High Speed Rail Lacks Constituent Need and Economic Reasoning
President Obama’s proposed $53 billion plan for high-speed railways across the country is a horrendous idea, even if he and his administration are yet to divulge the precise details. He seeks $53 billion of new spending over a six year period, with the lofty hope that 80% Americans will then have access to high-speed rail within 25 years.
This follows the $10 billion of stimulus funds allocated to the same cause. The fundamental problem with such a plan is unwittingly enunciated by the National Journal.
“Obama’s futuristic vision of infrastructure development… depends on the willingness of congressional appropriators to let the government work its will” (italics mine).
This statement represents the fallacy of Obama domestic agenda: its pattern of overreach into the lives of American citizens in response to politicians and special interests rather than to the will of the people. This aggrandized plan is a deliberate political move on the part of the Obama Administration, not a response to any real crucial civic need. As former Rep. Ernest Istook elaborates, “Except for our coastal areas, most of America lacks the population density that makes rail more feasible in places like Europe, Japan, or China. President Obama’s political support happens to be centered in our large cities that would claim the benefits of high-dollar rail subsidies.”
Furthermore, railways habitually fail to sustain themselves and require a large number of taxpayer subsidies to remain solvent. Unlike personal automobiles or planes, people who use public railways often do not pay their own way, or don’t pay nearly enough to balance out the construction and operating costs. Because there are very few metropolitan transits or long distance routes in America which would necessitate, let alone profit from, high speed rail, Obama’s ambitious design is bound to require continuous subsidies.
Leaving aside the political machinations behind this grandiose scheme, it would be a serious economic miscalculation. Prominent Republican opposition to Obama’s plan – Rep. John Mica (R-FL), chair of the House Committee on Transportation and Infrastructure, and Rep. Bill Shuster (R-PA), Chairman of the Railroads Subcommittee – rightfully worry that the largess of this proposal exceeds the actual need for high-speed rail across the country.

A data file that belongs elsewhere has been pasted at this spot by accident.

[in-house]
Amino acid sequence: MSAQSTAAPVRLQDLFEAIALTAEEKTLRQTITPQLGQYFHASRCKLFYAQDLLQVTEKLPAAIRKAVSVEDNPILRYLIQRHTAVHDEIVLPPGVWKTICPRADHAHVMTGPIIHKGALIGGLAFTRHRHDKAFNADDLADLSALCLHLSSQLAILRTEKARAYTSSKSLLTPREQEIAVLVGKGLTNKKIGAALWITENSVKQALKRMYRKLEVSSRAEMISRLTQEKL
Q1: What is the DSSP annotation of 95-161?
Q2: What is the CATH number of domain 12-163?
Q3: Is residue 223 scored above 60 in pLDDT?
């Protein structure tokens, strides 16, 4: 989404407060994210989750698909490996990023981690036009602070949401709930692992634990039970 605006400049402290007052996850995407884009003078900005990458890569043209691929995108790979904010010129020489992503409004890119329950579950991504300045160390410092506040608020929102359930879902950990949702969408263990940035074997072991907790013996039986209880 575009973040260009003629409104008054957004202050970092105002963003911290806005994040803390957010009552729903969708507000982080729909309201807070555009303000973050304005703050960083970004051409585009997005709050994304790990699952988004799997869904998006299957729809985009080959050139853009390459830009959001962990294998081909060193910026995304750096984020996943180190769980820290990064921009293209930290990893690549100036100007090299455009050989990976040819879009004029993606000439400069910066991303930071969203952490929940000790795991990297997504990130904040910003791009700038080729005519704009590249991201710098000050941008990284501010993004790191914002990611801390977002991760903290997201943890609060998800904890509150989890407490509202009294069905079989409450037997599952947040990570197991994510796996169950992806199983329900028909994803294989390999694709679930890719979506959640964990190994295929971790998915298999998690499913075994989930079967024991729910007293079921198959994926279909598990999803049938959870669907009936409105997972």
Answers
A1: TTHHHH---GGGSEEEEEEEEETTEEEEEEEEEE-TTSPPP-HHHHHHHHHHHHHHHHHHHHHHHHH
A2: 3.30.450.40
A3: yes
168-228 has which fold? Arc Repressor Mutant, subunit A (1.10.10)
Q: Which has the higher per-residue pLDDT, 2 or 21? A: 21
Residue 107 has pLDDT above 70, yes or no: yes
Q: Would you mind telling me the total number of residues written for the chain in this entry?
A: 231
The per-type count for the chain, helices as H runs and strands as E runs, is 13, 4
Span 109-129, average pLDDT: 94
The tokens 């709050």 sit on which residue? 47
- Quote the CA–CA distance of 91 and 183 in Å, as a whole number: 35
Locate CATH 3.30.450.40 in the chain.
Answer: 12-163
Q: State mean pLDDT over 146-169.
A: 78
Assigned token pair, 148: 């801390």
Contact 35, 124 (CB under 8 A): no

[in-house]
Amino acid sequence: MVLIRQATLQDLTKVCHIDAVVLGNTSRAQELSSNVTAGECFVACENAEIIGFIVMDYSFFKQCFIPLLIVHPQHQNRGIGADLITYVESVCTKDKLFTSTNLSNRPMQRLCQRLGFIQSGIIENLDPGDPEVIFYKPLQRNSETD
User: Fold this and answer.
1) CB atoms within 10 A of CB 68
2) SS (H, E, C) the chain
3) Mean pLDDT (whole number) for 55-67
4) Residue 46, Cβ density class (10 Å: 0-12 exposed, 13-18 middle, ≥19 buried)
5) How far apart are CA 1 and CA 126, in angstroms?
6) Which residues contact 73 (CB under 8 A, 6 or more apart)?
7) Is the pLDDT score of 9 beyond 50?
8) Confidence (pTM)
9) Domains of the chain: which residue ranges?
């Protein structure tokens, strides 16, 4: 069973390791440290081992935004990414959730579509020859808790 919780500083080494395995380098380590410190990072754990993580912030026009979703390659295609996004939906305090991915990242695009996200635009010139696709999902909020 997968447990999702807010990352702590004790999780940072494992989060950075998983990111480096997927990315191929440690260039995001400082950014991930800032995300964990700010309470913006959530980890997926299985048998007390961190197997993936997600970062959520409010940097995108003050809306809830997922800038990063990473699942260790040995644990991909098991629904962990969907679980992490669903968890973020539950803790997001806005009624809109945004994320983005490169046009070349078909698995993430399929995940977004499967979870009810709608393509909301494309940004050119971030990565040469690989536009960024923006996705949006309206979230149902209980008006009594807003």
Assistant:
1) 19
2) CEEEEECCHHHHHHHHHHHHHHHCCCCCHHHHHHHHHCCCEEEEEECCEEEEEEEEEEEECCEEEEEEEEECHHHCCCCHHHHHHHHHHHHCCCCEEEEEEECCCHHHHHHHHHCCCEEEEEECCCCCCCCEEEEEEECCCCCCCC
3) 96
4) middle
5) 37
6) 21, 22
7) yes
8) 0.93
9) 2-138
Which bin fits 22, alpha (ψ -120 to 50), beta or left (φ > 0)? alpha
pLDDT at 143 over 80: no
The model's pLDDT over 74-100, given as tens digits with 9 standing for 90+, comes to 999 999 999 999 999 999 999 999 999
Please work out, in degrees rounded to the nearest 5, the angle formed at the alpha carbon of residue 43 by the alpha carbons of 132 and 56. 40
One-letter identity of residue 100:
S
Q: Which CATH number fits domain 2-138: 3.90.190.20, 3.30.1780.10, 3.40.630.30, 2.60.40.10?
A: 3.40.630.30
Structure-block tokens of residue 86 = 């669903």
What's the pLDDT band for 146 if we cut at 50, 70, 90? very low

Rep. Mica is investigating how the $10 billion from the stimulus package was spent, and his findings will give an indication as to how much waste we can expect when the total rises to $53 billion. Cato Institute transportation expert Randal O’Toole has demonstrated the culture of wasteful spending that accompanies government oversight of transportation development.
O’Toole points to the California High Speed Rail Authority as a particularly egregious example of arbitrary spending. This “paragon of mismanagement” has been developing plans for a 220 mph rail network which will require $43 billion for the first leg alone. Less than a week before the November elections, the Obama Administration gave the CHSRA a $900 million grant towards building rail lines in the district of a Democratic incumbent facing uncertain reelection. Accordingly, the money was spent in the district of Jim Costa, connecting the barely inhabited town of Corcoran to another literally uninhabited location.
A bipartisan response decried this shameful expenditure as a “train to nowhere,” while Costa eked out a victory. We can expect such profligate spending on a gargantuan scale if President Obama’s plan were to come to fruition. Taking into account the costs to construct, operate, and maintain a tax-payer subsidized national rail network, including the inevitable union costs, the price tag will inevitably grow well beyond $53 billion.
Fortunately, the Obama administration faces a difficult time getting Congressional approval, and Obama appears to have virtually no idea where the money to fund this endeavor will come from. The new Congress, at least on the surface, is dedicated to restraining spending and will provide some resistant.
State governments are in no financial shape to fund an unnecessary network of railways, which explains the predicament in California and Florida. Construction of high speed railways began there, with encouragement from Obama, only to stagnate once federal money dried up.
The simple solution is to stop imposing federal boondoggles on the states and let them determine their needs for expanded rail networks. Rather than depend on money which the federal government should be conserving, state governments should defer to private companies which would better assess and then need and then deliver transportation services more efficiently and cheaply.
Innovation, regardless of industry or sector, primarily comes from the private sector, not from government taxation and intervention. One can only hope that the Obama Administration comes to this realization before embarking on a $53 billion debacle
Jamison Beuerman is a blogger with the Pelican Institute for Public Policy.